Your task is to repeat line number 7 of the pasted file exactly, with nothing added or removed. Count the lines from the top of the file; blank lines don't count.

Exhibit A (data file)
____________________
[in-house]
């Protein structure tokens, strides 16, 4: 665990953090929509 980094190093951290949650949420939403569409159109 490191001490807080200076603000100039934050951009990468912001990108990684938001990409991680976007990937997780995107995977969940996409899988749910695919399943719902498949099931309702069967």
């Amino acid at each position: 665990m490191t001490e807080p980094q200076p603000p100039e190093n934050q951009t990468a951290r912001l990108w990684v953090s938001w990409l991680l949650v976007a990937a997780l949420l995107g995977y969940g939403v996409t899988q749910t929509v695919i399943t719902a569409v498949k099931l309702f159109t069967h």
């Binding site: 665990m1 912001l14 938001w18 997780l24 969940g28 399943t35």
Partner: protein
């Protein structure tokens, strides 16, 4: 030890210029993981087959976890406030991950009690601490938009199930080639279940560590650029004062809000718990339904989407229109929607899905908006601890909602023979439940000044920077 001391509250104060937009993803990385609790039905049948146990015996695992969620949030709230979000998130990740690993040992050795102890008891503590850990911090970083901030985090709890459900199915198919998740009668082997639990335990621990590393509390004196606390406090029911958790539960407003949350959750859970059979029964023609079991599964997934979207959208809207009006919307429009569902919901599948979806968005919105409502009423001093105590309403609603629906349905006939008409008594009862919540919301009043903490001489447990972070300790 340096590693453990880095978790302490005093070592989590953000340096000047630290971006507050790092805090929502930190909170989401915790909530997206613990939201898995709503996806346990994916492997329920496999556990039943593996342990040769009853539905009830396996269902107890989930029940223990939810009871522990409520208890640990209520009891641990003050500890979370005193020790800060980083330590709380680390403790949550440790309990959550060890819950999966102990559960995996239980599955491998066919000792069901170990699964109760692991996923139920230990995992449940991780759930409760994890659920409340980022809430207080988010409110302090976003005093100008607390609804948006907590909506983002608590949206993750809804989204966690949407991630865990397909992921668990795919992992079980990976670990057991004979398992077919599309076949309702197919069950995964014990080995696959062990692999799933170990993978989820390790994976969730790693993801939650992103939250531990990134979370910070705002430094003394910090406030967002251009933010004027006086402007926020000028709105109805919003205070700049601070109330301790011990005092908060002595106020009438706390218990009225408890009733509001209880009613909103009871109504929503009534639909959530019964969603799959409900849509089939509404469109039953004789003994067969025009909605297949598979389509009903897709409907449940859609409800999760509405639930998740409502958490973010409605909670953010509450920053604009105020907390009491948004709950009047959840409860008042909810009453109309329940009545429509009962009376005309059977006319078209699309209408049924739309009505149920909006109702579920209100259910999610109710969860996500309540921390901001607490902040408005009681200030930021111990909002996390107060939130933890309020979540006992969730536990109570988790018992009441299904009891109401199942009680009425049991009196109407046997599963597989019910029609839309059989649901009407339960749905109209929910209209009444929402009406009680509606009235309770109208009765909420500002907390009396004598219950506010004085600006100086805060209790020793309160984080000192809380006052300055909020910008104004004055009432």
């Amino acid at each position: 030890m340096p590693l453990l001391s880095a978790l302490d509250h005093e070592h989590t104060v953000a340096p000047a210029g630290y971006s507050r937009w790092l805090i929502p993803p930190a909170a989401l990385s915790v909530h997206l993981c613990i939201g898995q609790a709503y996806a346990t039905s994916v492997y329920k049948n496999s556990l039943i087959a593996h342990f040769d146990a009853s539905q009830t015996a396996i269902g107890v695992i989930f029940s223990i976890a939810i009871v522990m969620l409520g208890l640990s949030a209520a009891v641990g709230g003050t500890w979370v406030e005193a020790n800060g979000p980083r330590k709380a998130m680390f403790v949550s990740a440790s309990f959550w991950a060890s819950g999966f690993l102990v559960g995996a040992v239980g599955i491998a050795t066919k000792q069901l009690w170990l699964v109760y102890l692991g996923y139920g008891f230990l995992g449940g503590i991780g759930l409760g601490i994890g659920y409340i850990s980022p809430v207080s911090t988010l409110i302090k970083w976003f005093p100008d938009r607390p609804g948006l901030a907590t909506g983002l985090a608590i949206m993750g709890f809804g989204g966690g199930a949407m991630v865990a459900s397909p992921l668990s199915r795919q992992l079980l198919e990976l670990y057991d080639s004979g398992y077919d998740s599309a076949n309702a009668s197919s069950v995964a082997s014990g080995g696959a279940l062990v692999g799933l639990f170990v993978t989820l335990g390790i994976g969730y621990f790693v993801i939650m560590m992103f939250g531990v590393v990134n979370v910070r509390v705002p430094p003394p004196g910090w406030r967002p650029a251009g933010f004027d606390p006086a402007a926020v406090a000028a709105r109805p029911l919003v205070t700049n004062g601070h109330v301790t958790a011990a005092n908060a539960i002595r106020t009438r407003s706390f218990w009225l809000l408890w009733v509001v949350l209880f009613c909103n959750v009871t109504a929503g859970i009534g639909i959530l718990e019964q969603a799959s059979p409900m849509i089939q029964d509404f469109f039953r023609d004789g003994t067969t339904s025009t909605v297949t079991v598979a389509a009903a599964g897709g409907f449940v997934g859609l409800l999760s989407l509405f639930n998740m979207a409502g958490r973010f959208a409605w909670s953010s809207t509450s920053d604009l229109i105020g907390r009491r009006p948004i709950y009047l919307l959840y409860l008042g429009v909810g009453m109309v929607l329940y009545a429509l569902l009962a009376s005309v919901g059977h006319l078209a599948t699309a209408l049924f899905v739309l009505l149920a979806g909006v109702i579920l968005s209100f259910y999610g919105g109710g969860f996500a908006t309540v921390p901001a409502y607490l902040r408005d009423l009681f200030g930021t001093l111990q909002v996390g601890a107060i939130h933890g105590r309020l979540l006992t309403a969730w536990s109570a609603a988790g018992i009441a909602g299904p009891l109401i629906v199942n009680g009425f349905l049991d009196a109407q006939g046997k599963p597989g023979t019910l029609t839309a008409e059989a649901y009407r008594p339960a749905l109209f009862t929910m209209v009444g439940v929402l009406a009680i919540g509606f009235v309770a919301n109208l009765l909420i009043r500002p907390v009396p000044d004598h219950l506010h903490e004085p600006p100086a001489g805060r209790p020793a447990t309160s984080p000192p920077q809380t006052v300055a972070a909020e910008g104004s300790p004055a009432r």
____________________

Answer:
């Amino acid at each position: 030890m340096p590693l453990l001391s880095a978790l302490d509250h005093e070592h989590t104060v953000a340096p000047a210029g630290y971006s507050r937009w790092l805090i929502p993803p930190a909170a989401l990385s915790v909530h997206l993981c613990i939201g898995q609790a709503y996806a346990t039905s994916v492997y329920k049948n496999s556990l039943i087959a593996h342990f040769d146990a009853s539905q009830t015996a396996i269902g107890v695992i989930f029940s223990i976890a939810i009871v522990m969620l409520g208890l640990s949030a209520a009891v641990g709230g003050t500890w979370v406030e005193a020790n800060g979000p980083r330590k709380a998130m680390f403790v949550s990740a440790s309990f959550w991950a060890s819950g999966f690993l102990v559960g995996a040992v239980g599955i491998a050795t066919k000792q069901l009690w170990l699964v109760y102890l692991g996923y139920g008891f230990l995992g449940g503590i991780g759930l409760g601490i994890g659920y409340i850990s980022p809430v207080s911090t988010l409110i302090k970083w976003f005093p100008d938009r607390p609804g948006l901030a907590t909506g983002l985090a608590i949206m993750g709890f809804g989204g966690g199930a949407m991630v865990a459900s397909p992921l668990s199915r795919q992992l079980l198919e990976l670990y057991d080639s004979g398992y077919d998740s599309a076949n309702a009668s197919s069950v995964a082997s014990g080995g696959a279940l062990v692999g799933l639990f170990v993978t989820l335990g390790i994976g969730y621990f790693v993801i939650m560590m992103f939250g531990v590393v990134n979370v910070r509390v705002p430094p003394p004196g910090w406030r967002p650029a251009g933010f004027d606390p006086a402007a926020v406090a000028a709105r109805p029911l919003v205070t700049n004062g601070h109330v301790t958790a011990a005092n908060a539960i002595r106020t009438r407003s706390f218990w009225l809000l408890w009733v509001v949350l209880f009613c909103n959750v009871t109504a929503g859970i009534g639909i959530l718990e019964q969603a799959s059979p409900m849509i089939q029964d509404f469109f039953r023609d004789g003994t067969t339904s025009t909605v297949t079991v598979a389509a009903a599964g897709g409907f449940v997934g859609l409800l999760s989407l509405f639930n998740m979207a409502g958490r973010f959208a409605w909670s953010s809207t509450s920053d604009l229109i105020g907390r009491r009006p948004i709950y009047l919307l959840y409860l008042g429009v909810g009453m109309v929607l329940y009545a429509l569902l009962a009376s005309v919901g059977h006319l078209a599948t699309a209408l049924f899905v739309l009505l149920a979806g909006v109702i579920l968005s209100f259910y999610g919105g109710g969860f996500a908006t309540v921390p901001a409502y607490l902040r408005d009423l009681f200030g930021t001093l111990q909002v996390g601890a107060i939130h933890g105590r309020l979540l006992t309403a969730w536990s109570a609603a988790g018992i009441a909602g299904p009891l109401i629906v199942n009680g009425f349905l049991d009196a109407q006939g046997k599963p597989g023979t019910l029609t839309a008409e059989a649901y009407r008594p339960a749905l109209f009862t929910m209209v009444g439940v929402l009406a009680i919540g509606f009235v309770a919301n109208l009765l909420i009043r500002p907390v009396p000044d004598h219950l506010h903490e004085p600006p100086a001489g805060r209790p020793a447990t309160s984080p000192p920077q809380t006052v300055a972070a909020e910008g104004s300790p004055a009432r």